BBC News on February 5, 2015, reported that Nato is set to announce details of a plan to bolster the alliance’s military presence in Eastern Europe in response to continued fighting in Ukraine. Excerpts below:

The bloc’s chief says it will be the biggest reinforcement of its collective defence since the end of the Cold War.

Meanwhile, US Secretary of State John Kerry is to hold talks in Kiev as the US considers whether to send weapons to help Ukraine fight pro-Russian rebels.

The US has so far only provided “non-lethal” assistance to Ukraine.

Nato defence ministers meeting in Brussels will seek to reassure the alliance’s member nations in Eastern Europe by boosting its forces there.

A rapid reaction force of up to 5,000 is expected to be announced, with its lead units able to deploy at two days’ notice.

Nato chief Jens Stoltenberg has said the bloc faces a “fundamental change” to its security environment because of Russian aggression.

Speaking as ministers arrived in Brussels, he said: “This is something we do as a response to the aggressive actions we have seen from Russia, violating international law and annexing Crimea,” he said.

“I very much underline that this is something we do because we have to adapt our forces when we see that the world is changing.”

Nato will also reveal plans for a network of small command centres in Estonia, Lithuania, Latvia, Poland, Romania, and Bulgaria.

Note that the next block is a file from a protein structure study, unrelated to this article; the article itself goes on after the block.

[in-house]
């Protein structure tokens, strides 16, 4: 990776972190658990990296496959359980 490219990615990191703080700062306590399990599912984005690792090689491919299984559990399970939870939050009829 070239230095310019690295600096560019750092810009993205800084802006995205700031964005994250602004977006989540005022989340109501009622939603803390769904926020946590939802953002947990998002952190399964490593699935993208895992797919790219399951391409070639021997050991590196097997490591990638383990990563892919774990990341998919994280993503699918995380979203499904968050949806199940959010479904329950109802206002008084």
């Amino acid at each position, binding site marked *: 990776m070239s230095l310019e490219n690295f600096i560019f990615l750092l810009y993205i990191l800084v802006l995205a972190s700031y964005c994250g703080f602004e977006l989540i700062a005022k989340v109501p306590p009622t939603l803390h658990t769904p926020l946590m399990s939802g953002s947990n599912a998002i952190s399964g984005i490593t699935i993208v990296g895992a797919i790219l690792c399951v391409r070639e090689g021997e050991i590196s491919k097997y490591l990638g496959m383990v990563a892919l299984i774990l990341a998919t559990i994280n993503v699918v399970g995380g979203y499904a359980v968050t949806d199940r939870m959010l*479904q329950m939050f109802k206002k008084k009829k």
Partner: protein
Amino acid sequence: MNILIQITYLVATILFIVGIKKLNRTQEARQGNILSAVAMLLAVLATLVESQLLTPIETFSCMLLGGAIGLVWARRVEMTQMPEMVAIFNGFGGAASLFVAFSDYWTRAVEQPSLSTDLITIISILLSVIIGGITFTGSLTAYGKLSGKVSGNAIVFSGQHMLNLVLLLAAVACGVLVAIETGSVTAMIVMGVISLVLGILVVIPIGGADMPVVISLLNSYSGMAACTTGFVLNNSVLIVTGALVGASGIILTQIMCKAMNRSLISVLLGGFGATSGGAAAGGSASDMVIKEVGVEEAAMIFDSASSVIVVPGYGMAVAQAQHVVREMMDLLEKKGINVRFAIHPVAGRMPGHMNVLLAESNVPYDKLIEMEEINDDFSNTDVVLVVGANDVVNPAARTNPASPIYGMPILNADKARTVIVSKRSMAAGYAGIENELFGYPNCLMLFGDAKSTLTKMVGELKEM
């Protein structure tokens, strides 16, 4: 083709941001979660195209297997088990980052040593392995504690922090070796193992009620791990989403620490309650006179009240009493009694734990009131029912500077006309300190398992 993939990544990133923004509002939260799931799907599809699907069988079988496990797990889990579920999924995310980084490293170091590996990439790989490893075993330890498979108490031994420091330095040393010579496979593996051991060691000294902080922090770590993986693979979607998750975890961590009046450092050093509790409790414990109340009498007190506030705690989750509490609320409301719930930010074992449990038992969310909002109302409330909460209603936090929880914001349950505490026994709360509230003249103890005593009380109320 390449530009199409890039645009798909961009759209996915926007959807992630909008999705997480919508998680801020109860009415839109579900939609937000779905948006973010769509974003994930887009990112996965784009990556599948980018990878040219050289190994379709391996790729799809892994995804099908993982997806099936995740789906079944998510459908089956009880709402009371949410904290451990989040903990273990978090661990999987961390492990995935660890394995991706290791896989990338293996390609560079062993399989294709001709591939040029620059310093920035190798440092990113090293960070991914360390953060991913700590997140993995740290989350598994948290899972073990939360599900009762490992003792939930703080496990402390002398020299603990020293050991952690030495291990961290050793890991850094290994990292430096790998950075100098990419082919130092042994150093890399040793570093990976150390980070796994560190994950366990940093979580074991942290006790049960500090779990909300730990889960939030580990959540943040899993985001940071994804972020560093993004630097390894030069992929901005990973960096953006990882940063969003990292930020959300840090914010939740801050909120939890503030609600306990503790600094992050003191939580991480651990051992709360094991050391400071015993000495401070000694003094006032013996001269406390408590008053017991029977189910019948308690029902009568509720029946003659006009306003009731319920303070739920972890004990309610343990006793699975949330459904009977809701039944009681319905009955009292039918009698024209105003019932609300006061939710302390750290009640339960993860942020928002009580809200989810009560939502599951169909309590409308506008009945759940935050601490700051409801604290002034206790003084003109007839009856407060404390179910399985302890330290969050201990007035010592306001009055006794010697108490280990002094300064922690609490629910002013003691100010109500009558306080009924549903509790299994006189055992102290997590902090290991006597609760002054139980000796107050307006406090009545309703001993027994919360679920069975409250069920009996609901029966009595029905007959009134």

The move is being seen as a potential deterrent against any Russian threat to the Baltic states or other bloc members should the crisis in Ukraine spin out of control.

Nato’s wider actions – it also plans to open a training centre in Georgia and support for the reform of Ukraine’s military – all ring alarm bells in Moscow.

Tensions could get worse still if the US or other Nato allies move to arm the Ukrainian military.

On February 5, Mr Kerry will meet Ukrainian President Petro Poroshenko and Prime Minister Arseniy Yatsenyuk in Ukraine’s capital.

The issue of weapons deliveries to Ukraine – and other avenues of US assistance – is expected to be one of the main items on the agenda.

The possible new US Secretary of Defense, Carter, spoke positively in the Senate on the possibility of moving arms supplies to the Ukrainians.

“I’m very much inclined in that direction, mister chairman, because I think we need to support the Ukrainians in defending themselves,” he said when asked by Senator John McCain if he supported delivering “defensive weapons” to Ukraine.

“The nature of those arms, I can’t say right now,” he added.

US President Barack Obama is said to be reconsidering his position, accusing Russia of escalating the conflict in Ukraine’s eastern Donetsk and Luhansk regions.

Fighting has intensified in recent weeks, leaving a September ceasefire in tatters.

Earlier this week, a group of former senior US officials and officers urged a major increase in military assistance, including providing light-armour missiles designed to take out tanks and armoured vehicles.

And on February 2, a group of US senators called on President Obama and Nato “to rapidly increase military assistance to Ukraine to defend its sovereign borders against escalating Russian aggression”.


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